Literature is commonly said to perform a didactic function (i.e. teaches morals). Tim Gillespie rather puts it interestingly differently. He argues, and I agree that literature undoubtedly teaches morals, but does not teach morals in a didactic way; rather it offers us an opportunity to experience moral dilemmas. The process of learning or acquiring morals through experiencing moral dilemmas is very crucial in the construction of personal identities. He argues further that disparate from life portrayed on TV, which he says is commercialistic and consumerist, facile, insincere, and quick-solution, literature depicts lives with convoluted issues and hard choices and urges us to engage with them, to imagine, reliving life’s niggling and exasperating dilemmas along with the characters we meet. With its true representation of life’s complicated moral choices, literature pulls us into a story, making us identify with the characters. It is in going through this process of imagination, of occupying the bodies, lives, and times of characters that identity is gradually shaped and formed.
If we are ‘at least in part, what we read’, then literature plays a role in the development of both cultural and personal identity. And since cultural identity is important for the formation of a well-balanced sense of self (self-identity) and optimal development especially of children, then exposure to the literature about, by, and proceeding from a particular culture, in this case, the culture of the ethnic minority communities or People of Colour is part of the development of cultural identity and ultimately self-identity for our youths.
Anaïs Nin said, “We don’t see things as they are, we see them as we are”. This is why the way we see ourselves matters a lot. A clear sense of self that is rich with a clear sense of one’s cultural heritage produces a well-balanced perspective on life and the world, influencing our attitude and interactions with others. Beyond that, a clear sense of self leads to reduced internalizing behaviours and symptoms like anxiety and depression as well as reduced externalizing symptoms (aggressiveness, inattentiveness, noncompliance, and criminal behaviour), making children more averse to be involved in risky behaviours. Developing a coherent sense of self helps people make rational and reliable life choices such as careers and relationships. And because having a clear sense of self produces confidence in children, it dispels the fear of differences and the need to put others down in other to feel good about oneself.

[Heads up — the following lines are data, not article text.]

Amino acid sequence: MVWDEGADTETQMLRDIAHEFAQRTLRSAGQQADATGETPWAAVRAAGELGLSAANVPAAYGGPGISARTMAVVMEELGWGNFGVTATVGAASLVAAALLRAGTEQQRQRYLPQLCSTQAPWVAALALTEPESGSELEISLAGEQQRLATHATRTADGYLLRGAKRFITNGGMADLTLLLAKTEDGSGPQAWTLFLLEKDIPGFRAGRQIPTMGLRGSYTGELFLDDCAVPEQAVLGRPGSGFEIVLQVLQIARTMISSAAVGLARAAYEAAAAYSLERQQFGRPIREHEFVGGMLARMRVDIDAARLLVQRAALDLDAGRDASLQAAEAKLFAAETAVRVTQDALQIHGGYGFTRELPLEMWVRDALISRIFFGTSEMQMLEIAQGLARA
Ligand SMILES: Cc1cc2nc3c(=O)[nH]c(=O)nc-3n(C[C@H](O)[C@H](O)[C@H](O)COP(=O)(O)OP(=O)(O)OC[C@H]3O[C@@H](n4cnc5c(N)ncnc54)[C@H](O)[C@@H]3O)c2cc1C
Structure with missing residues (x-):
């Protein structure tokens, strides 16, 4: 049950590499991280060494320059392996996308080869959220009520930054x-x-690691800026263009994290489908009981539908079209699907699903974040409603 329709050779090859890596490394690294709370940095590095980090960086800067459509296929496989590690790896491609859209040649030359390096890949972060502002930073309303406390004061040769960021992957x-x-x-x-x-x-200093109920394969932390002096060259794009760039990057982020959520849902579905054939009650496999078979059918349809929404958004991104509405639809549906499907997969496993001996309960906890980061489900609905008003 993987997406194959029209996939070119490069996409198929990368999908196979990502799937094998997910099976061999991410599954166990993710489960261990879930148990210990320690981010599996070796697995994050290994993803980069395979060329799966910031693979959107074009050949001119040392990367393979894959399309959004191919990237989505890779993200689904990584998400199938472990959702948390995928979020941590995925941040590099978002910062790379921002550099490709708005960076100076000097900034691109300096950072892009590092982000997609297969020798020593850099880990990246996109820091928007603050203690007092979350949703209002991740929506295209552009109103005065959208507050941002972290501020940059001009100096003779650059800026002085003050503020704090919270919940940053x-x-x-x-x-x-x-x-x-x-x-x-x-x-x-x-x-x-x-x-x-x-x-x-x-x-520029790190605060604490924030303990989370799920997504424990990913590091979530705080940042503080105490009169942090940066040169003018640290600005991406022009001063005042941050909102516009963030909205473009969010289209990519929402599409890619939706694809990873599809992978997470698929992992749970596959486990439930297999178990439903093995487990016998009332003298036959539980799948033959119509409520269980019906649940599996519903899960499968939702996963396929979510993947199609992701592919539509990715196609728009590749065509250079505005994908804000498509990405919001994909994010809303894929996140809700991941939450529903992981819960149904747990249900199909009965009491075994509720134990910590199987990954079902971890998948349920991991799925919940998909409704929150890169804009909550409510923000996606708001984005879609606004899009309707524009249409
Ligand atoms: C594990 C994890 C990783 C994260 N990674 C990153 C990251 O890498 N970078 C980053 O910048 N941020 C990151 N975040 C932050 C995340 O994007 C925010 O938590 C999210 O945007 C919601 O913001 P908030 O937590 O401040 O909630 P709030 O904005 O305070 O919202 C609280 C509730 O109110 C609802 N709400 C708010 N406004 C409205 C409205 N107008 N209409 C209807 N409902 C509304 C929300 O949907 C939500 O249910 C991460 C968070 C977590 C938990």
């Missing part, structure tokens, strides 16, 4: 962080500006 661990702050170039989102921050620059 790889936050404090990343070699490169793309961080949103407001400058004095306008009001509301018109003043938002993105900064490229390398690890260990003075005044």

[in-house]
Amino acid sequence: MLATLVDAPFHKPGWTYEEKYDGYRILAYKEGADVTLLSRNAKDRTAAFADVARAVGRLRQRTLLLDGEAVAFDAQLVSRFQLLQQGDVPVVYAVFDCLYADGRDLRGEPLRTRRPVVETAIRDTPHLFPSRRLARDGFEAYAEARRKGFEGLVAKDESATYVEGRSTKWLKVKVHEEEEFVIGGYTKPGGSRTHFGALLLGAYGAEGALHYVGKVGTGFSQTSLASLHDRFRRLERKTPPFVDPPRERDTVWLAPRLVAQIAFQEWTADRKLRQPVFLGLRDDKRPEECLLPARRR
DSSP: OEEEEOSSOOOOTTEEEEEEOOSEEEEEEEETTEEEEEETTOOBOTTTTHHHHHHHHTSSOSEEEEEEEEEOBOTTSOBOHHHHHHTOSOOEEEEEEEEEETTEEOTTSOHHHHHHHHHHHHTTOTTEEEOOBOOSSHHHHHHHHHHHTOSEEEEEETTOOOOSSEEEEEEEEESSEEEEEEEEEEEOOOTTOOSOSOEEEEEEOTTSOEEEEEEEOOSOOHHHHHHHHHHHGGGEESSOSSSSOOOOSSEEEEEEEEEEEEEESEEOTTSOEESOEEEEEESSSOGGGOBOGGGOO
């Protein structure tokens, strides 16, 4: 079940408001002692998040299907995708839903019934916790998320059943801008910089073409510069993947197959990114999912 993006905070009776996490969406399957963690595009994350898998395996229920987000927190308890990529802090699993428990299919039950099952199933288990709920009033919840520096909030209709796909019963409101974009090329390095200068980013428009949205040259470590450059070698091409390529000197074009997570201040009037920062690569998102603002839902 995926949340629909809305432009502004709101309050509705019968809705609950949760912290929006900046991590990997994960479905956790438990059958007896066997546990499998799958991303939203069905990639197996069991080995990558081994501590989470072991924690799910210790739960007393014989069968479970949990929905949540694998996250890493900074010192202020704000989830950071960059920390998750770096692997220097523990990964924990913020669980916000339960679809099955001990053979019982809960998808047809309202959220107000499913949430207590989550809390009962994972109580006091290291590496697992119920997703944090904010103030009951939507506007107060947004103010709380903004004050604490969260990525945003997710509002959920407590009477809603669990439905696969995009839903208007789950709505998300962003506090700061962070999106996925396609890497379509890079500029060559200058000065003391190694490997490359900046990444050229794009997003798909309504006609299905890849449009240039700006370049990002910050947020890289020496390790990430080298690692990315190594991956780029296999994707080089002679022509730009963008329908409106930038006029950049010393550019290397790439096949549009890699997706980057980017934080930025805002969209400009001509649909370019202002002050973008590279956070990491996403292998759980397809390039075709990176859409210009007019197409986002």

Finally, researchers like Osborne and Taylor have found that having a clear sense of one’s culture (i.e. cultural identity clarity) leads to having a clear sense of self; and having a clear sense of self has mental health implications such as self-esteem and psychological well-being. In agreement with that, Yoon and his colleagues discovered through their research that adapting to one’s ethnic or heritage culture and also to the host culture, referred to as interactionist acculturation or biculturalism according to Berry’s model had more beneficial mental health outcomes in terms of life satisfaction, anxiety, and depression. I definitely would subscribe to anything that would yield advantageous outcomes for my children more so if it touches on psychological and mental health.